problems, the development of interstate relations, and, finally, the
forthcoming parliamentary election in Azerbaijan”.
However, most local analysts note that official information about the
visit carefully glosses over the point in the schedule of meetings
relating to Elmar Mammadyarov’s talks with the Pentagon leadership.
However, analysts believe, the main subject of these talks will be not
only general prospects for military cooperation between the two
countries, but also an extremely specific issue – the possibility of
transferring the US airbase from Uzbekistan to Azerbaijan. Evidence in
favour of this theory is the fact that US Defence Secretary Donald
Rumsfeld is expected to pay another working visit to Baku in the next
However, as before the previous visits to Baku by the Pentagon boss,
Ramiz Malikov, head of the Azerbaijani Defence Ministry’s press
service, is stating that he “possesses no such information”. Touching
on the prospects of the US military base being transferred from
Uzbekistan to Azerbaijan, the head of the press service again confined
himself to a routine remark: Decisions of this kind, he said, are made
by the country’s political leadership, not the military
department. Azerbaijani Deputy Foreign Minister Araz Azimov also
essentially gave the same answer, telling journalists that Washington
“has not yet made any” such proposal to official Baku.
But this is not entirely true. During his “quiet and low-profile”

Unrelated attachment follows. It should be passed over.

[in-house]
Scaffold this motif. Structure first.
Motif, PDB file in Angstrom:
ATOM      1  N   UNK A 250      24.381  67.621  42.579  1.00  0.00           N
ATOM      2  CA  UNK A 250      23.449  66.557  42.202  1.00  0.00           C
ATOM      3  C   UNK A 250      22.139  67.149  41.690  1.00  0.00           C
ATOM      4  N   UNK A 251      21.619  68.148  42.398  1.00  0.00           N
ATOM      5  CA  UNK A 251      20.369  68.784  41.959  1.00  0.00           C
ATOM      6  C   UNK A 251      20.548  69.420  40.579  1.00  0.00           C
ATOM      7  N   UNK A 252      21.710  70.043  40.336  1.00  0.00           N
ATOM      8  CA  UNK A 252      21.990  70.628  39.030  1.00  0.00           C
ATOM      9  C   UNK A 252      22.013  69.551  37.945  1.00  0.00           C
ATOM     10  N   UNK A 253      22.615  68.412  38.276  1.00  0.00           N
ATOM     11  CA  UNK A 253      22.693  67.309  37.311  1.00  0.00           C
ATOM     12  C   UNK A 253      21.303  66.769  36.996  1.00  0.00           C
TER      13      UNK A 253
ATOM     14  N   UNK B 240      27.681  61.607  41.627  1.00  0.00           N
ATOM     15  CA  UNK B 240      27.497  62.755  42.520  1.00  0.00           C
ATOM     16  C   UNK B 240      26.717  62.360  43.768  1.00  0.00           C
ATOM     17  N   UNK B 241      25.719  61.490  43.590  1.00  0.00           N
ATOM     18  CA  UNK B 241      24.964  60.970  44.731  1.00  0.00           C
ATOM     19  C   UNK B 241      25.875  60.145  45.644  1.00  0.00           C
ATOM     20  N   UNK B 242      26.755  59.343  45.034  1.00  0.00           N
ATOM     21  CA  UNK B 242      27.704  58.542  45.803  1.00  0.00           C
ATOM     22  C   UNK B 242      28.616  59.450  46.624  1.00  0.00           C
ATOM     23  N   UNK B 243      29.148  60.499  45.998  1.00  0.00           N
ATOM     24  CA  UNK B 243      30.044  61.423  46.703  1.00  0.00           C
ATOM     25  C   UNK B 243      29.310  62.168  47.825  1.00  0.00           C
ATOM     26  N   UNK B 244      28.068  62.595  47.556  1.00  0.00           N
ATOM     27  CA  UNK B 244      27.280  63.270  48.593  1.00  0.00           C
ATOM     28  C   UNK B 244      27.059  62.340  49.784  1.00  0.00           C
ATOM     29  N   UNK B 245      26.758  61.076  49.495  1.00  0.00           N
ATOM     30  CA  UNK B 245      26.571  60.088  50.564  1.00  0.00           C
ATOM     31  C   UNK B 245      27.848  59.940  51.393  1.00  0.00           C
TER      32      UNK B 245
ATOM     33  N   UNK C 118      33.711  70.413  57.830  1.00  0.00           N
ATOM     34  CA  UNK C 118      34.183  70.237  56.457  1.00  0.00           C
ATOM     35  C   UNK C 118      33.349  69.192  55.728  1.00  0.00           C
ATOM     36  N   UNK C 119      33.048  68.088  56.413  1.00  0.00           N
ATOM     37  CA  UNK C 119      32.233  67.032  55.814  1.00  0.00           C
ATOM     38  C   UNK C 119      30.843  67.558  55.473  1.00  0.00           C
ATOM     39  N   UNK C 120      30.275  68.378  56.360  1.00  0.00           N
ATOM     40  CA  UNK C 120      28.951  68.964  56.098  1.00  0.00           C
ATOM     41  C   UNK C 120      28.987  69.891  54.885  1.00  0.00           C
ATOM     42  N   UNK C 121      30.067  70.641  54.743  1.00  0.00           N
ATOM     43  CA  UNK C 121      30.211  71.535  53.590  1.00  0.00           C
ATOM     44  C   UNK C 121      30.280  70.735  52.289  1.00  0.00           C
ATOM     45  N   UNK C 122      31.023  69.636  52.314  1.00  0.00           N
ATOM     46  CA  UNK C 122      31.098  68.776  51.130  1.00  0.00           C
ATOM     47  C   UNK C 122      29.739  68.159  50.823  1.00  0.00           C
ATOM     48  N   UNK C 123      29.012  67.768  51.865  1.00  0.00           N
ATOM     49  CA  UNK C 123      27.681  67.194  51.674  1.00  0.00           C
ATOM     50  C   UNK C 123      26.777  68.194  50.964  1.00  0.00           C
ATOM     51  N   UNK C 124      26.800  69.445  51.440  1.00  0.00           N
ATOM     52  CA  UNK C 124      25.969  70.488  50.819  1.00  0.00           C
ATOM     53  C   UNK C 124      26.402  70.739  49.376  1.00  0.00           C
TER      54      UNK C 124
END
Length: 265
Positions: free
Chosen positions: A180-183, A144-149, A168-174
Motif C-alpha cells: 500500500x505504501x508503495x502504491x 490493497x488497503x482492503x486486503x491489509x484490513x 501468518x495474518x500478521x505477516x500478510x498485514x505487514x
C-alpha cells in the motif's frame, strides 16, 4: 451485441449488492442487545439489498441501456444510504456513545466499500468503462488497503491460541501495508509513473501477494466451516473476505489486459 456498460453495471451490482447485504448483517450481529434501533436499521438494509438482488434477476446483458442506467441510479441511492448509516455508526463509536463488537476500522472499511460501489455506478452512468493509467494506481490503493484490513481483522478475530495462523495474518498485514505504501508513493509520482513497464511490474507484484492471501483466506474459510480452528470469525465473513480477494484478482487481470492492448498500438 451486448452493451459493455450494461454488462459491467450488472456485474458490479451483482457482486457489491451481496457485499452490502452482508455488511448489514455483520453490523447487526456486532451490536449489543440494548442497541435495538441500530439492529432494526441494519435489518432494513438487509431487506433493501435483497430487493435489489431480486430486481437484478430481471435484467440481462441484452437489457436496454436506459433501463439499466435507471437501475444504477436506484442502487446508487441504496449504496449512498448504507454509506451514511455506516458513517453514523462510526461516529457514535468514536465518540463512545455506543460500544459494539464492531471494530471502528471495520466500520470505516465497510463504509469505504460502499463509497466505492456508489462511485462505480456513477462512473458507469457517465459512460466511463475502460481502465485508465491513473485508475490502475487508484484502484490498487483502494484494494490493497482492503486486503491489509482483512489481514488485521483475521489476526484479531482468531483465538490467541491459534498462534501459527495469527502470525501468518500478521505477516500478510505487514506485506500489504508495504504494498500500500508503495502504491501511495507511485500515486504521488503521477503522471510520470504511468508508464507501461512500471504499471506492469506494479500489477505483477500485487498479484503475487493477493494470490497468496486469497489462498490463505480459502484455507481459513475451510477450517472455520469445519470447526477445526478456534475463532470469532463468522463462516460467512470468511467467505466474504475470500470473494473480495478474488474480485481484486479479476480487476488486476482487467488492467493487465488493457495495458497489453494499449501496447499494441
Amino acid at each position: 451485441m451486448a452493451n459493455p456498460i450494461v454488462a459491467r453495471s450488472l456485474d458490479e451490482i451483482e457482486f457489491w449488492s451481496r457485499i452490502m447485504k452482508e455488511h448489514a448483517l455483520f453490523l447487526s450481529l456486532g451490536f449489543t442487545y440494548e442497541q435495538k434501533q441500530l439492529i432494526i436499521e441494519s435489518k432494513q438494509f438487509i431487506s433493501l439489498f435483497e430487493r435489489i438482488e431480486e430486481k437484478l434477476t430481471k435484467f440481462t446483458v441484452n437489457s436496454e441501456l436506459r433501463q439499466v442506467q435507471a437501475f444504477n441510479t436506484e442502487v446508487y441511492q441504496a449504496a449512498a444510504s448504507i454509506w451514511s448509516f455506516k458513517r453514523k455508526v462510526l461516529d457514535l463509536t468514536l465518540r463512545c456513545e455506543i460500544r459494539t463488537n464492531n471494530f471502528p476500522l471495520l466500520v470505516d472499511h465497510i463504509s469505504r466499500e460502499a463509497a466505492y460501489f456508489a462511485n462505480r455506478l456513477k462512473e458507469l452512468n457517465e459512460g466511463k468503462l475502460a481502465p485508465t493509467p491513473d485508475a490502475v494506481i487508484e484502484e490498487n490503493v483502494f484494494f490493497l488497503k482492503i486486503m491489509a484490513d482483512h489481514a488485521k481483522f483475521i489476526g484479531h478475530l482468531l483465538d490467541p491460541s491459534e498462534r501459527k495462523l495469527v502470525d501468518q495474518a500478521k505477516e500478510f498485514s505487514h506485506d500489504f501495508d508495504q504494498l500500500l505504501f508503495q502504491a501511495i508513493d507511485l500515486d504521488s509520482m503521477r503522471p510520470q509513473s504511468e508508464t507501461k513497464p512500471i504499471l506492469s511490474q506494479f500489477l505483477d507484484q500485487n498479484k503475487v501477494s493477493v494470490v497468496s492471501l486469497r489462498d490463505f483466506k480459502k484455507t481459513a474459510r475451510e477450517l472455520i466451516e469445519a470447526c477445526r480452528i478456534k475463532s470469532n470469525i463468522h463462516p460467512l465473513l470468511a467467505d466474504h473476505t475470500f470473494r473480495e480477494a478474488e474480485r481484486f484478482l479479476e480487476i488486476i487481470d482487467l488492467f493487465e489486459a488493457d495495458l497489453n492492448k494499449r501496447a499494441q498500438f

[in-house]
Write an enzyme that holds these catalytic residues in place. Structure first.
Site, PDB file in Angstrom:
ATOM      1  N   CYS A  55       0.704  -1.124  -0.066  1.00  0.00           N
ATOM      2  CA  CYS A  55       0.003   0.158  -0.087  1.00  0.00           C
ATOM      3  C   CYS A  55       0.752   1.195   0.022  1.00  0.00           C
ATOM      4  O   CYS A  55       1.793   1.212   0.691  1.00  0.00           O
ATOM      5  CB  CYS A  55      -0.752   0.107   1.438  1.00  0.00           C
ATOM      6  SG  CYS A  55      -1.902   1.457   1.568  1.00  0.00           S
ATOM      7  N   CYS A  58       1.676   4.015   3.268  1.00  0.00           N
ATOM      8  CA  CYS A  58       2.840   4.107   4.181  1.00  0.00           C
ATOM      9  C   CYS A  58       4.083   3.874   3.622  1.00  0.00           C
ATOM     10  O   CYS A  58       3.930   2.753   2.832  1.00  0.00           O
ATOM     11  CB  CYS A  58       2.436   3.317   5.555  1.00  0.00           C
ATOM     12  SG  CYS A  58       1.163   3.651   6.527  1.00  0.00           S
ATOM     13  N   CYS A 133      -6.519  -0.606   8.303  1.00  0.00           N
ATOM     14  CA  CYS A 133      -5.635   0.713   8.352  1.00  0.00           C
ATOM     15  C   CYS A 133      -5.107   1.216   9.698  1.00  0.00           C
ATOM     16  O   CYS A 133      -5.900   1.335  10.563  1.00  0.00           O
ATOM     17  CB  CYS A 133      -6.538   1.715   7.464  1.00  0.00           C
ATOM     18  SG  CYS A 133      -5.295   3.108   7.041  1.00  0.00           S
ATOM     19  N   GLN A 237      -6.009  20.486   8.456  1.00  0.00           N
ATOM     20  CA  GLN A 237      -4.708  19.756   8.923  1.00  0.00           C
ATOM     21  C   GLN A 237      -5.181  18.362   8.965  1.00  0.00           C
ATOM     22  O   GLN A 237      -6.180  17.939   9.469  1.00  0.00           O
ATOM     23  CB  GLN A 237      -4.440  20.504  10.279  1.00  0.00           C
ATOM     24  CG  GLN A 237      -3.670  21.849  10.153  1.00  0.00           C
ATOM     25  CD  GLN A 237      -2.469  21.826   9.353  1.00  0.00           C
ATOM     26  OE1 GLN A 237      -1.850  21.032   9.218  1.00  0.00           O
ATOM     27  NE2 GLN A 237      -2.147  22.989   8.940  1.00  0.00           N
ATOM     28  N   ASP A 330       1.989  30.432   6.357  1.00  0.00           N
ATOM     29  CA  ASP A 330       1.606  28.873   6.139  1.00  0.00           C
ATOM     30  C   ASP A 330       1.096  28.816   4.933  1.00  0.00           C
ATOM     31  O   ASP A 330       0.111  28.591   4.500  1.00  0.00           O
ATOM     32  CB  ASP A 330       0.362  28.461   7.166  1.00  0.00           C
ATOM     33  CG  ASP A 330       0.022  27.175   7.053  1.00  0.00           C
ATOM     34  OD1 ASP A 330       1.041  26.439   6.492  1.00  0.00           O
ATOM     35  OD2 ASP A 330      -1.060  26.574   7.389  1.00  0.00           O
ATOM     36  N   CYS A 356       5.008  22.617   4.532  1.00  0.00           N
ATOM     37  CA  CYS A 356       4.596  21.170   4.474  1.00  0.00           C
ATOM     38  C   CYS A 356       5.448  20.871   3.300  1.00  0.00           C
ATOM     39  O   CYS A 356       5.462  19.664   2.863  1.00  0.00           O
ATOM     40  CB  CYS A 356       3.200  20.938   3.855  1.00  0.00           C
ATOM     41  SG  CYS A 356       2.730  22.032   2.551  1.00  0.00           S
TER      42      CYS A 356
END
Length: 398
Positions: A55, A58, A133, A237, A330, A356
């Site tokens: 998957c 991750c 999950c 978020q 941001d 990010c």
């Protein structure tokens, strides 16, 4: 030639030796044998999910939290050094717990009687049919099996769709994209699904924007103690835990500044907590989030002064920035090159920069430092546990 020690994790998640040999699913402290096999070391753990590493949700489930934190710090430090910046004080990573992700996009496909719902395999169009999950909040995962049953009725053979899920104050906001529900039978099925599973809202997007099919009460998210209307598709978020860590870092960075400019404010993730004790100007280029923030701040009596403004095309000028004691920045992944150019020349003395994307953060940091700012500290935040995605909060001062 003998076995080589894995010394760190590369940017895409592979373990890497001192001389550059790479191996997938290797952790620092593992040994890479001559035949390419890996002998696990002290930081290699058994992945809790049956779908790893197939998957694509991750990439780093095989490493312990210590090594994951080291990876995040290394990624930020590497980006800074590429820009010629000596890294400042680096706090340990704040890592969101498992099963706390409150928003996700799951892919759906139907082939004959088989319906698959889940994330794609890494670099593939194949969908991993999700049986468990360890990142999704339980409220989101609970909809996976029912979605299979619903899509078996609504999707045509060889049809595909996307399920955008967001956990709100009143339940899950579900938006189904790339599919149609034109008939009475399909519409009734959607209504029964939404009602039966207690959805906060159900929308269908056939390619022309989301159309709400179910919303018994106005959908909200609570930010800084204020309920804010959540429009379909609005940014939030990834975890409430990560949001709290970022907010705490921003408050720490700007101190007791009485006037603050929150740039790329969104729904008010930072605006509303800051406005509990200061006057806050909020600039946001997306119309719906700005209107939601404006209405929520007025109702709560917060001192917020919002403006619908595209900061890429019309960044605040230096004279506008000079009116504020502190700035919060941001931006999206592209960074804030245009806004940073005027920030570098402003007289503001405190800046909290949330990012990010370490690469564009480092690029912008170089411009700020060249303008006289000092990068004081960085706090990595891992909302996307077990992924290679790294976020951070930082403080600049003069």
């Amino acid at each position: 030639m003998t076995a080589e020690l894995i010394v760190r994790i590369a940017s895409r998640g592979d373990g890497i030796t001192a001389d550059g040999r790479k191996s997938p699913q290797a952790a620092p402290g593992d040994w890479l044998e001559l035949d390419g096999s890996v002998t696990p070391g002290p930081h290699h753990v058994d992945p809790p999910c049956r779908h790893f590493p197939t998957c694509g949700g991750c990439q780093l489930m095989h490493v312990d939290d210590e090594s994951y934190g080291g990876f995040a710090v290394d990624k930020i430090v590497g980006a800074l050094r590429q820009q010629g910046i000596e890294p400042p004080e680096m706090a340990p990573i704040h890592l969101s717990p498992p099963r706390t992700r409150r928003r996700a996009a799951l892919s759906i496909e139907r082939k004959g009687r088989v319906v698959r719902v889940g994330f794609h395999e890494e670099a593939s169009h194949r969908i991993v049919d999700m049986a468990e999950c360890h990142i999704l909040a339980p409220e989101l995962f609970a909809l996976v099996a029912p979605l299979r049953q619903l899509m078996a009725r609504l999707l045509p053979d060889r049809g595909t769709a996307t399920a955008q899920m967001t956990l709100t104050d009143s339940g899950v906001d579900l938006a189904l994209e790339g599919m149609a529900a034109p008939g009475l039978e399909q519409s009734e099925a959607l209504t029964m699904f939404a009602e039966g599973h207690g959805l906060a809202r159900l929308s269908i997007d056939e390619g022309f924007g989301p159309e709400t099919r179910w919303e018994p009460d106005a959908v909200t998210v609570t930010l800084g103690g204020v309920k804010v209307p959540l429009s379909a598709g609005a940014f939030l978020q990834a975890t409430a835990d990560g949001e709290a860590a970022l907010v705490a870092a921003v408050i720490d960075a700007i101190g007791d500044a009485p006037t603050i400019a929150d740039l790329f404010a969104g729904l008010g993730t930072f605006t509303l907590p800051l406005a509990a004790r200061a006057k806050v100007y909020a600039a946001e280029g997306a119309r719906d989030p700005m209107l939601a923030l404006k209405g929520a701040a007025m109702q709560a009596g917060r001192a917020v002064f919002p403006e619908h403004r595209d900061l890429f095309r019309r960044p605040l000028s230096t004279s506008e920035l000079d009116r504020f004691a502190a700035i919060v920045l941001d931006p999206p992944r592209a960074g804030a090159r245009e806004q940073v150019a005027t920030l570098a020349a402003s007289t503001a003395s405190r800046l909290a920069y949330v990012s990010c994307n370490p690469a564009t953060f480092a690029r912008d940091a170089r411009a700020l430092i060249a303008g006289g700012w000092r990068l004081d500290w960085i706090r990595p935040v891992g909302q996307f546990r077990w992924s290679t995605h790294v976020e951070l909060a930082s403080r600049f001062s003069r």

visit back in April at Baku’s Bina airport Rumsfeld closely discussed
the subject of an American military presence in Abseron with his
Azerbaijani counterpart, Safar Abiyev. It was clear even then that the
Pentagon has very specific plans in this regard. Experts from
Stratfor, the American-Israeli centre for strategic forecasts, claimed
at the time that during the initial stage the US military contingent
in Azerbaijan would act as “temporarily stationed mobile forces”. They
even named three local airbases where US fliers will be stationed –
Kurdamir [central Azerbaijan], Nasosnyy and Qala [both near Baku]. The
airstrips there have been modernized in good time to NATO standards
and are now capable of taking all types of aircraft.
According to Stratfor’s forecasters, the US bases in Azerbaijan will
be small, and it is planned to change their contingent “according to
US military needs in the region”. According to the Pentagon’s plans,
the centre’s experts noted, these forces “can be swiftly redeployed
elsewhere to fulfil a task…[ellipsis as published] and will be
capable of handling several strategic missions”.
Uzeir Cafarov, an authoritative independent military expert in Baku,
believes that the issue of these mobile forces is now being studied in
detail in the Azerbaijani foreign minister’s talks at the Pentagon.
“Until now the Azerbaijani leadership has managed by various means to
avoid giving a specific answer to this proposal from Washington. But
Tashkent’s anti-US demarche is clearly spurring both sides to make
urgent decisions,” Uzeir Cafarov has told Nezavisimaya Gazeta. In his
view, “during the first stage the Americans could transfer to Baku
their Qarshi-Xonobod airbase or part of it in the form of mobile
groups and thereby really make Azerbaijan an important Pentagon
bridgehead in the Afghan campaign”.
The likelihood of this development confirms that Azerbaijan has long
been part of the coalition for the antiterrorist operation in
Afghanistan. Admittedly, today this participation is confined to two
spheres: Azerbaijan has allowed its Qala airfield near Baku to be used
to refuel military aircraft transporting coalition humanitarian
freight to Afghanistan, and then sent a squad of its servicemen to
maintain order in Kabul.